For three seasons, Leo took his role as a practice squad and scout team player seriously. One of his main goals during his time in the NFL has been to help his teammates get ready for game day.

He’s still doing that. But now it has just taken a different form.

“I’ll say that first week was a little weird,” outside linebacker Patrick Johnson said. “I always like to mess with him. I call him Coach Matt. But he’s one of my good friends here, has been since I got here as a rookie. It hasn’t been as weird anymore. He does a hell of a job with his new career so I’m happy for him.”

‘He’s been a great help’

When Carter mentioned Leo after the win over the Rams a couple weeks ago, he was speaking specifically about Leo’s work helping him prepare to face opposing offensive linemen. That’s a big part of Leo’s job.

“Matt has been helping a lot,” defensive tackle Marlon Tuipulotu said. “He does our film review of some of the O-linemen so he teaches us about what their tendencies are and stuff and then also he’s also on the field with us. He’s been helping a lot, man. He’s been great.”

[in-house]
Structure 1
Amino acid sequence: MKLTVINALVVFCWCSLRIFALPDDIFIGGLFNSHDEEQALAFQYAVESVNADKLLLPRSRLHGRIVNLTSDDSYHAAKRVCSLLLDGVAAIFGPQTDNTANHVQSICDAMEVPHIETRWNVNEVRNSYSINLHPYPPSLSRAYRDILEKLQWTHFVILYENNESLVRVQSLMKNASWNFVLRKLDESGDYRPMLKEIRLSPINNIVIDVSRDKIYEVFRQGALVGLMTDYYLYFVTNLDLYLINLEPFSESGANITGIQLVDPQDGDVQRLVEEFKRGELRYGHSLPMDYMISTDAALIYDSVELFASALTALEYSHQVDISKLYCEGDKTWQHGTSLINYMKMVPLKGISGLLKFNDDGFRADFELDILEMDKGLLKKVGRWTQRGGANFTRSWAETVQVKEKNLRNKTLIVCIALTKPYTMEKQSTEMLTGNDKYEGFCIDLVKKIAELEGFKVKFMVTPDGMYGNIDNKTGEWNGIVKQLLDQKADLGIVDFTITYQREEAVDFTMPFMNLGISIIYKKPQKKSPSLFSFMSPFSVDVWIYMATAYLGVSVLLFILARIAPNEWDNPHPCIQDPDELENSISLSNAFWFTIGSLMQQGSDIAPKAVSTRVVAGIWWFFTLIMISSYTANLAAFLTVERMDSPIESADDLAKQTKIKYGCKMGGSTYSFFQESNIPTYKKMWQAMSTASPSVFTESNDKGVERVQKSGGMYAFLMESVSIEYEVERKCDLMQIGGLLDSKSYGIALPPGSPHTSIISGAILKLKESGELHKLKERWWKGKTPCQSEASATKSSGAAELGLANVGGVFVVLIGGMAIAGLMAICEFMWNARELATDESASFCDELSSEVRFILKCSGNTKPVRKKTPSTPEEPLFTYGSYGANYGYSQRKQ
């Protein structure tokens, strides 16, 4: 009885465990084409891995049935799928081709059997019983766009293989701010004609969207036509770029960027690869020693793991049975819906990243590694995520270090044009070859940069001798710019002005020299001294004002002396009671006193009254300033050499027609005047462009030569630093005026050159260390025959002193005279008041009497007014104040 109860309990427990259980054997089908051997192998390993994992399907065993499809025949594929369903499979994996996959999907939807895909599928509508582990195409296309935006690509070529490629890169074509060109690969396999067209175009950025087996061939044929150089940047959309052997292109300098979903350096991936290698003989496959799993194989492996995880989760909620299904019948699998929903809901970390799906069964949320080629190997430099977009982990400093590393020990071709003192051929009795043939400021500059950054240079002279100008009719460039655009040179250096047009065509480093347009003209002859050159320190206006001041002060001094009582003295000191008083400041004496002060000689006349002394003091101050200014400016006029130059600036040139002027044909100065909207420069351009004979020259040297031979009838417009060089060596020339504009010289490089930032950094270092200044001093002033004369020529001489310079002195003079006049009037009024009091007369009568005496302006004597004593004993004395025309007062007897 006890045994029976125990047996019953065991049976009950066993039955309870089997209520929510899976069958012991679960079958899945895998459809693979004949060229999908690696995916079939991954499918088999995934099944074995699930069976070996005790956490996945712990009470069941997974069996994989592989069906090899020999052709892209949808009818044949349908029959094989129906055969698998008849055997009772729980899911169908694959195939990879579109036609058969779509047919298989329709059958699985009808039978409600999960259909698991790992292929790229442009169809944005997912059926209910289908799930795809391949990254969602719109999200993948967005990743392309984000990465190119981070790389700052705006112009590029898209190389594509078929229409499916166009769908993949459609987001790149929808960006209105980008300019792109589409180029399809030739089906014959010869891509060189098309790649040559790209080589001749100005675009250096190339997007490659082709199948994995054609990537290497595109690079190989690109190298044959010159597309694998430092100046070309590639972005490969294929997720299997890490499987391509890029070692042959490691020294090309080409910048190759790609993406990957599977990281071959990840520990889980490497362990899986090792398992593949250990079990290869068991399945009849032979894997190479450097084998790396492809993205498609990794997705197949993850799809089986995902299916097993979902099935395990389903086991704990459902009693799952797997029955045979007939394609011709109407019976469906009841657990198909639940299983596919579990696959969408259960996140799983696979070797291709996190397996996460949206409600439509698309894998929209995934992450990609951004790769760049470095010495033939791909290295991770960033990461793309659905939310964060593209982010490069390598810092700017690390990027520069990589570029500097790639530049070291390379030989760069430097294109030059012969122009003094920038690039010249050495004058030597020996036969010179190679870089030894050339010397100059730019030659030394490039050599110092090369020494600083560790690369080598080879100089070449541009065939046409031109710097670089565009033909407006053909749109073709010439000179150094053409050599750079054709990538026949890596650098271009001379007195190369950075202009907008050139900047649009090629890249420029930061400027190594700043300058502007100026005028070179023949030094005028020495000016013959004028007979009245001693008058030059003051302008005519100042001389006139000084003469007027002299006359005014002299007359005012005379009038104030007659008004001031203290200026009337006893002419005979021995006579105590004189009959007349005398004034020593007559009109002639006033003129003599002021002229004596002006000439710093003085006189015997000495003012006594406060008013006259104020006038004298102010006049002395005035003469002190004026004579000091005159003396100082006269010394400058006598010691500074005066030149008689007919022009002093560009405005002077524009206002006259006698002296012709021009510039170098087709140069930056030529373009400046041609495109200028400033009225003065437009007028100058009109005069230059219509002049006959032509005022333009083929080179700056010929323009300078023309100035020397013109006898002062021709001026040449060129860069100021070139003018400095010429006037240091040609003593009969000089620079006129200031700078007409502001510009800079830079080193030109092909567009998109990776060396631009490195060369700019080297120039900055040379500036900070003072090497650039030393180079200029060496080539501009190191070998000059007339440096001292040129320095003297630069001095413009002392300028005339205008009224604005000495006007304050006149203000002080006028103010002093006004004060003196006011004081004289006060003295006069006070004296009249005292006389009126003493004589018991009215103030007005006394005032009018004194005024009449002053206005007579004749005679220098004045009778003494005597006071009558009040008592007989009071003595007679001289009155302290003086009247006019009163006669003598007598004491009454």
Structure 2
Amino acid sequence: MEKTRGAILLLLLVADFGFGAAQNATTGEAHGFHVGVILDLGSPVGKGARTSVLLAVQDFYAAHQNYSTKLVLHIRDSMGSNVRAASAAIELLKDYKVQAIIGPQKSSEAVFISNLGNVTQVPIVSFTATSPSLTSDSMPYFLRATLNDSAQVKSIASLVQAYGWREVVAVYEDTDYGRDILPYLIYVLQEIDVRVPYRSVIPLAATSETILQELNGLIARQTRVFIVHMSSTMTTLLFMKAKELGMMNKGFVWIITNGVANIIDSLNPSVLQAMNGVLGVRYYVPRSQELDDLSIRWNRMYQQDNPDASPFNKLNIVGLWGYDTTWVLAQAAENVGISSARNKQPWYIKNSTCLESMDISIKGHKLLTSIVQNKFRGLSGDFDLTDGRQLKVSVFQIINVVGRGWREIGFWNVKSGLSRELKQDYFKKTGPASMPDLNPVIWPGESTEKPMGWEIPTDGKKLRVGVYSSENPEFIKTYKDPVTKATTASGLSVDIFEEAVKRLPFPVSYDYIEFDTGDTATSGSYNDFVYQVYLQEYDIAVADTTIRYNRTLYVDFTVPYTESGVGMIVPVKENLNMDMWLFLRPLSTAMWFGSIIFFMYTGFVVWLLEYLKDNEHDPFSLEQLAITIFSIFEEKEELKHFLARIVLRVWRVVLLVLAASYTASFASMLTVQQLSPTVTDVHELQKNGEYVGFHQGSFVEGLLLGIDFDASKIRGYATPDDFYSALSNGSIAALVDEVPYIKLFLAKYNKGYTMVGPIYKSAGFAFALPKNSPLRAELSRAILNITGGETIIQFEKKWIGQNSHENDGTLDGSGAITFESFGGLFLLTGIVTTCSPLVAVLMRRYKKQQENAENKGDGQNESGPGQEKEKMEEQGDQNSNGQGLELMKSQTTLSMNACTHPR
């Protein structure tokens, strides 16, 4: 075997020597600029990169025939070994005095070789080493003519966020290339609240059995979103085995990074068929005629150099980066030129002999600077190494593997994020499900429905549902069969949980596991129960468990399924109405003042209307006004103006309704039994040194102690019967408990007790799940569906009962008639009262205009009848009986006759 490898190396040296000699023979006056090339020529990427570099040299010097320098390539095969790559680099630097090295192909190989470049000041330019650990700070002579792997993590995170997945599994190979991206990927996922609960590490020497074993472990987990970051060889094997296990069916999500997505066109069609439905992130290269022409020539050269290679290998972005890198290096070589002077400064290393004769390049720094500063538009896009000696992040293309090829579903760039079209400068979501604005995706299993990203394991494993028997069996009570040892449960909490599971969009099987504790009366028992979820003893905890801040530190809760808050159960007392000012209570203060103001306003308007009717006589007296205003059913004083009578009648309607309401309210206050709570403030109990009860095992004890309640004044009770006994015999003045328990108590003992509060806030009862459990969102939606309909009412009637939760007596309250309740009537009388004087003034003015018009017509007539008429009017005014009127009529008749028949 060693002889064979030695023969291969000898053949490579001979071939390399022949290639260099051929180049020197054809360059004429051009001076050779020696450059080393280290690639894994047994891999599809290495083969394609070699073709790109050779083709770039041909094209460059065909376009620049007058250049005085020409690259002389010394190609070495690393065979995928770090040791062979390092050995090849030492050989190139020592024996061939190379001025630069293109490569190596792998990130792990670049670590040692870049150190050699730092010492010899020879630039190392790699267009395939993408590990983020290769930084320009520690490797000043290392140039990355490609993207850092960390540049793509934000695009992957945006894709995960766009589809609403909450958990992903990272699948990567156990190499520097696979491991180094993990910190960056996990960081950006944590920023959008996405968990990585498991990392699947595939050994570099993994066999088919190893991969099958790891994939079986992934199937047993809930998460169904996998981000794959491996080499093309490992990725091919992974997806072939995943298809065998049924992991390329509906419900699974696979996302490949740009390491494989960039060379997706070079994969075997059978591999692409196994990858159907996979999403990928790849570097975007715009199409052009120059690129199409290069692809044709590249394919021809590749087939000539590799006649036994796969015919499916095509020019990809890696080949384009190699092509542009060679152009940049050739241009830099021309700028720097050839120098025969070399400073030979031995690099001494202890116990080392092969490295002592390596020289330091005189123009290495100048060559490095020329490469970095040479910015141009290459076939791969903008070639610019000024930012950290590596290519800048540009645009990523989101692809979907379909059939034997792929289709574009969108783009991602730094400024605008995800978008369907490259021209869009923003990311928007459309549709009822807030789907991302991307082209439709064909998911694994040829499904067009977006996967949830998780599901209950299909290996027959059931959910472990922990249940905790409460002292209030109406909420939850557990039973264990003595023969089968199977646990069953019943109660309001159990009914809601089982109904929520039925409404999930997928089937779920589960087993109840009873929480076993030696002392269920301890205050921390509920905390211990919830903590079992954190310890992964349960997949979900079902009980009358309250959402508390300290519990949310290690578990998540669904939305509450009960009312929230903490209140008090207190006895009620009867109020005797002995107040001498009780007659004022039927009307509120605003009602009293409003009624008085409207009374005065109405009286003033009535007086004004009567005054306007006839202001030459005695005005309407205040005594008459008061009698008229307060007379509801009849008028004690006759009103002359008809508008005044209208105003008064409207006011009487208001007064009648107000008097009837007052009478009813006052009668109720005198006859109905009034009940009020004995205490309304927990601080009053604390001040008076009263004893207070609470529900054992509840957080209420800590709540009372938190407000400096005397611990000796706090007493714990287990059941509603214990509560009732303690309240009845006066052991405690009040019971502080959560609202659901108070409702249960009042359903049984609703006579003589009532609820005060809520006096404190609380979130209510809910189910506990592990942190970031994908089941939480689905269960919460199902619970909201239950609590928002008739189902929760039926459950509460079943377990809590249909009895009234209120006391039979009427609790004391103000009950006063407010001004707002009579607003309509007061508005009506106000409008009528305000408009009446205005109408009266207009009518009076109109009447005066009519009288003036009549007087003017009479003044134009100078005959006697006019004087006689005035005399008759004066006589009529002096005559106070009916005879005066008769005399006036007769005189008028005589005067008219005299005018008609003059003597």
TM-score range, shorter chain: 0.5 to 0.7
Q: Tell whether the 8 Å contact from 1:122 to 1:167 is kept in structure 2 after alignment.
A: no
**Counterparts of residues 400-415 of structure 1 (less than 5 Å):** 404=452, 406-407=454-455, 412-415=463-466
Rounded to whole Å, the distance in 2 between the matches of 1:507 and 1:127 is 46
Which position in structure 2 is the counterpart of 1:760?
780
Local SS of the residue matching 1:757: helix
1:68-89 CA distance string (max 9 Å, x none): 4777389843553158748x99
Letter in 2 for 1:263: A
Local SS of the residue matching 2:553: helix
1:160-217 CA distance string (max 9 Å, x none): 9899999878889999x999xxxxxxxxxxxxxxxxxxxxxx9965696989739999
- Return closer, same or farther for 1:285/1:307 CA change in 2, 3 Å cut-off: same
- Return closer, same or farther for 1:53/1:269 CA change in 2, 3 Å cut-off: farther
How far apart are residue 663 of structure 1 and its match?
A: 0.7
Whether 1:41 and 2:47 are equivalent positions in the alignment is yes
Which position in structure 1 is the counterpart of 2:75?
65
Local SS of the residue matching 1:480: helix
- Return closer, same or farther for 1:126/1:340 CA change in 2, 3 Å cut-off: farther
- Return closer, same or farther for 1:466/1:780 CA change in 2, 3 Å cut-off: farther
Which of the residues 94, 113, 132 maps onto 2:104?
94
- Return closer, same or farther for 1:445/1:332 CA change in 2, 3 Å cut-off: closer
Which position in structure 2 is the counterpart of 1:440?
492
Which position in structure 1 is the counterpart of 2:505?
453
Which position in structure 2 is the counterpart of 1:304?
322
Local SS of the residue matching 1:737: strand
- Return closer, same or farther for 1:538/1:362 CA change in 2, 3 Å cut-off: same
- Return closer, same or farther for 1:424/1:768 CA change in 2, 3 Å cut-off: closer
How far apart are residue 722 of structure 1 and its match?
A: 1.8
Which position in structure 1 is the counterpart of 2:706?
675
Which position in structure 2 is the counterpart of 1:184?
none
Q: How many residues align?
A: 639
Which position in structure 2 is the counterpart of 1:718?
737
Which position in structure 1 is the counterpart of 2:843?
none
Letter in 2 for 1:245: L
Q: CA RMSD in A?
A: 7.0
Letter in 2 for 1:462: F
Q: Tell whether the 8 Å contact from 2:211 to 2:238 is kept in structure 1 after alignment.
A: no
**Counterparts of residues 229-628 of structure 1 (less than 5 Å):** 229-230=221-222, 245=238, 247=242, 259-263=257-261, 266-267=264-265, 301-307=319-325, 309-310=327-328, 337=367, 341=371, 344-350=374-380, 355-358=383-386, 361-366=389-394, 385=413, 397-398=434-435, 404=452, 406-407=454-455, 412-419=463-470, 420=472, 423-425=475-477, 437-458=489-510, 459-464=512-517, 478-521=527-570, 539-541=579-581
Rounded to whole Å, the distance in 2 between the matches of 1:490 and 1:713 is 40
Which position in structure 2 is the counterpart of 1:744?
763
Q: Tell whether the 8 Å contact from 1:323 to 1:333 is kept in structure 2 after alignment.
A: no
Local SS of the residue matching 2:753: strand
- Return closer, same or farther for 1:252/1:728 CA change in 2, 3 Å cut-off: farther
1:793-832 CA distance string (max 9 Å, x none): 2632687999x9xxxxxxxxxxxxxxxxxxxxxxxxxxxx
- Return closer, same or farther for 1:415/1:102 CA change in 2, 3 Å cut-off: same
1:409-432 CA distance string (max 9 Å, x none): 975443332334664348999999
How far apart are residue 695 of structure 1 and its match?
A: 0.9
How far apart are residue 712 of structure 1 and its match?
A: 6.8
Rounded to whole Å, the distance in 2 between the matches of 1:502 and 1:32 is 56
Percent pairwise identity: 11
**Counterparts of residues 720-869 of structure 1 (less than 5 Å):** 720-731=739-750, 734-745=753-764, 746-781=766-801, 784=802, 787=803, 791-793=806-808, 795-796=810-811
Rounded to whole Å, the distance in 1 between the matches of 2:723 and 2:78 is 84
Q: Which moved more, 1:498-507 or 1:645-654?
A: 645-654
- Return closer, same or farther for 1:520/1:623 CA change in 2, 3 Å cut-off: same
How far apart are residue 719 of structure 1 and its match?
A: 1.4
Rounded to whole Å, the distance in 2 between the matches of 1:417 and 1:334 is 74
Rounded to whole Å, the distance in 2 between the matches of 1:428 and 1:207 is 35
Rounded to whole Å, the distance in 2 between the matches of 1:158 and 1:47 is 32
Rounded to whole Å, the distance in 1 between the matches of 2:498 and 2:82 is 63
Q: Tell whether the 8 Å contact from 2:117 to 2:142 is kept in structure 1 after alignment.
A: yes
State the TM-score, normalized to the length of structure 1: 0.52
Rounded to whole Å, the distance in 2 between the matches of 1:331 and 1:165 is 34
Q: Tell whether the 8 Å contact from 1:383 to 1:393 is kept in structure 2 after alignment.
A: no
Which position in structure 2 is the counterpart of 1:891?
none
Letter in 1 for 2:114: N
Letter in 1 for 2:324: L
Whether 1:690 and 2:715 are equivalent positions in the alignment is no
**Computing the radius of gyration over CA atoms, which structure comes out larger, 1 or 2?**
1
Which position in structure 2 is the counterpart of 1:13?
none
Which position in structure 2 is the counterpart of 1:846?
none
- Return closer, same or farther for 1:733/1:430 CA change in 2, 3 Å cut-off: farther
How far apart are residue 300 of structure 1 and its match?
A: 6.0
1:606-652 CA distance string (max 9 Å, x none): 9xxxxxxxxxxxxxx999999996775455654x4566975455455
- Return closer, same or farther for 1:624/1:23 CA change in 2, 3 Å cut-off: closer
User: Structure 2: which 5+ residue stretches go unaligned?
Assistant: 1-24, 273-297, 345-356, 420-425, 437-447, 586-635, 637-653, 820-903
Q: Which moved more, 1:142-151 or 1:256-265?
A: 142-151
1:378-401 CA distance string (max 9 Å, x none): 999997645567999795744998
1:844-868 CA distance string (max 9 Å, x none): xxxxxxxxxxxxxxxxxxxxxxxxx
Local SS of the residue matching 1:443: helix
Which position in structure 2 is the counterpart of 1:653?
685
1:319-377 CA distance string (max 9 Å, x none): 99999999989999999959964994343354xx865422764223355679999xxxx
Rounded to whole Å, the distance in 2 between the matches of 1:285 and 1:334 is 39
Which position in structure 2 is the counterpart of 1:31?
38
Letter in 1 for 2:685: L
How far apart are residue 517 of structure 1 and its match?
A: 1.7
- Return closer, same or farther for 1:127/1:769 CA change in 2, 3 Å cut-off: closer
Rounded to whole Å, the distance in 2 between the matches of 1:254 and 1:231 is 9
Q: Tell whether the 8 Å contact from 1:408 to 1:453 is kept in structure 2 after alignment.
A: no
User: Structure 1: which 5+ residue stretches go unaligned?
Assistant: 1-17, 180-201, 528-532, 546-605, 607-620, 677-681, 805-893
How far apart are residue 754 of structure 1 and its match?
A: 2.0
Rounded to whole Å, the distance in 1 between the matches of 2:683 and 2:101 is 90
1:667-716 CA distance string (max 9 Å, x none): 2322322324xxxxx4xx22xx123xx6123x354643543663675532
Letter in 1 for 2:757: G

It goes beyond film of opposing offensive linemen too.

Johnson said Leo has been great getting him film of other edge rushers from around the NFL. Specifically, Johnson said Leo made him a cut-up of Ryan Kerrigan’s long-arm moves because that’s something Johnson really wants to incorporate in his game.

First-round pick Nolan Smith meets with Leo every Friday afternoon after practice. They watch all of Smith’s reps in games and practices.

“Me and him watch film for hours every Friday,” Smith said. “Just me and him going over my reps. And he’s just always available for Zooms and stuff. Man, I’d say he’s an extension of Coach Wash for me just because he’s been in this program for a long time. I’m just trying to learn. That’s what he’s doing.”

Some of the cut-ups Leo gives to the Eagles’ defensive linemen are unsolicited but sometimes those guys will ask for things. And whenever they send Leo a last-minute message, he’s quick to drop what he’s doing to get them whatever they need.

At least for now, Leo is a bit in purgatory between player and coach. Even though he’s on the coaching staff and has different responsibilities, he still feels like he’s a part of the locker room. He relishes when a rookie will ask him where to eat or where to buy furniture for their new house or apartment. He really values those relationships.

“He’s been a great help because he’s coming from a player’s perspective,” longtime Eagles defensive end Brandon Graham said. “He can understand the language of what we’re talking about. That’s only going to help.”

Learning the role